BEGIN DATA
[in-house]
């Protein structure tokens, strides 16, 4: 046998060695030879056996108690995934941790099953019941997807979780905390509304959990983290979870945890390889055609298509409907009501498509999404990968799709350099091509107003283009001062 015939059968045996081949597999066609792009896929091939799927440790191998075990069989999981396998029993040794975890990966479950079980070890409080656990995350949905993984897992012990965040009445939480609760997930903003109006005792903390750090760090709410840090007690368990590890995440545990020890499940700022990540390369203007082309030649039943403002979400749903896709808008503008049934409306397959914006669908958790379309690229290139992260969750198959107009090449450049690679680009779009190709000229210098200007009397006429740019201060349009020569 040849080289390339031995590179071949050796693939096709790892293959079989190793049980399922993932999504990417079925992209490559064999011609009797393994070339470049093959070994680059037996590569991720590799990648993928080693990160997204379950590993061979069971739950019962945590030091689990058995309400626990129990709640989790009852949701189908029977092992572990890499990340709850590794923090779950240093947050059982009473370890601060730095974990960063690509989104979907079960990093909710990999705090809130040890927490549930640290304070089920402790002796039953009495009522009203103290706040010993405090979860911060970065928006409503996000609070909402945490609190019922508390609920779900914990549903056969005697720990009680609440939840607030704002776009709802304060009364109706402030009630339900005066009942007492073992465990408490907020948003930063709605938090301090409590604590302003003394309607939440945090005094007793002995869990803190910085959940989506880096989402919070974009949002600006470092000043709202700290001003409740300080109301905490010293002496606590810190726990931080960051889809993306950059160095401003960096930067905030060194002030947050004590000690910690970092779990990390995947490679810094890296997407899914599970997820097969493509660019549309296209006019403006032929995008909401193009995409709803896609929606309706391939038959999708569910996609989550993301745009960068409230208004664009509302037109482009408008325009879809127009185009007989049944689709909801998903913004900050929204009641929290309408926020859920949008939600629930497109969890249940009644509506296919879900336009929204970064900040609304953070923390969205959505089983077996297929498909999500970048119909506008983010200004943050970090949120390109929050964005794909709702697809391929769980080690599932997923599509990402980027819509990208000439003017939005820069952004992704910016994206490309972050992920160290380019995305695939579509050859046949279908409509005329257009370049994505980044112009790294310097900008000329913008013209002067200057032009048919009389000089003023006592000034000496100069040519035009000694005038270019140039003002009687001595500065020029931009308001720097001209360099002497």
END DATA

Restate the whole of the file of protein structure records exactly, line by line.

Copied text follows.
[in-house]
């Protein structure tokens, strides 16, 4: 046998060695030879056996108690995934941790099953019941997807979780905390509304959990983290979870945890390889055609298509409907009501498509999404990968799709350099091509107003283009001062 015939059968045996081949597999066609792009896929091939799927440790191998075990069989999981396998029993040794975890990966479950079980070890409080656990995350949905993984897992012990965040009445939480609760997930903003109006005792903390750090760090709410840090007690368990590890995440545990020890499940700022990540390369203007082309030649039943403002979400749903896709808008503008049934409306397959914006669908958790379309690229290139992260969750198959107009090449450049690679680009779009190709000229210098200007009397006429740019201060349009020569 040849080289390339031995590179071949050796693939096709790892293959079989190793049980399922993932999504990417079925992209490559064999011609009797393994070339470049093959070994680059037996590569991720590799990648993928080693990160997204379950590993061979069971739950019962945590030091689990058995309400626990129990709640989790009852949701189908029977092992572990890499990340709850590794923090779950240093947050059982009473370890601060730095974990960063690509989104979907079960990093909710990999705090809130040890927490549930640290304070089920402790002796039953009495009522009203103290706040010993405090979860911060970065928006409503996000609070909402945490609190019922508390609920779900914990549903056969005697720990009680609440939840607030704002776009709802304060009364109706402030009630339900005066009942007492073992465990408490907020948003930063709605938090301090409590604590302003003394309607939440945090005094007793002995869990803190910085959940989506880096989402919070974009949002600006470092000043709202700290001003409740300080109301905490010293002496606590810190726990931080960051889809993306950059160095401003960096930067905030060194002030947050004590000690910690970092779990990390995947490679810094890296997407899914599970997820097969493509660019549309296209006019403006032929995008909401193009995409709803896609929606309706391939038959999708569910996609989550993301745009960068409230208004664009509302037109482009408008325009879809127009185009007989049944689709909801998903913004900050929204009641929290309408926020859920949008939600629930497109969890249940009644509506296919879900336009929204970064900040609304953070923390969205959505089983077996297929498909999500970048119909506008983010200004943050970090949120390109929050964005794909709702697809391929769980080690599932997923599509990402980027819509990208000439003017939005820069952004992704910016994206490309972050992920160290380019995305695939579509050859046949279908409509005329257009370049994505980044112009790294310097900008000329913008013209002067200057032009048919009389000089003023006592000034000496100069040519035009000694005038270019140039003002009687001595500065020029931009308001720097001209360099002497």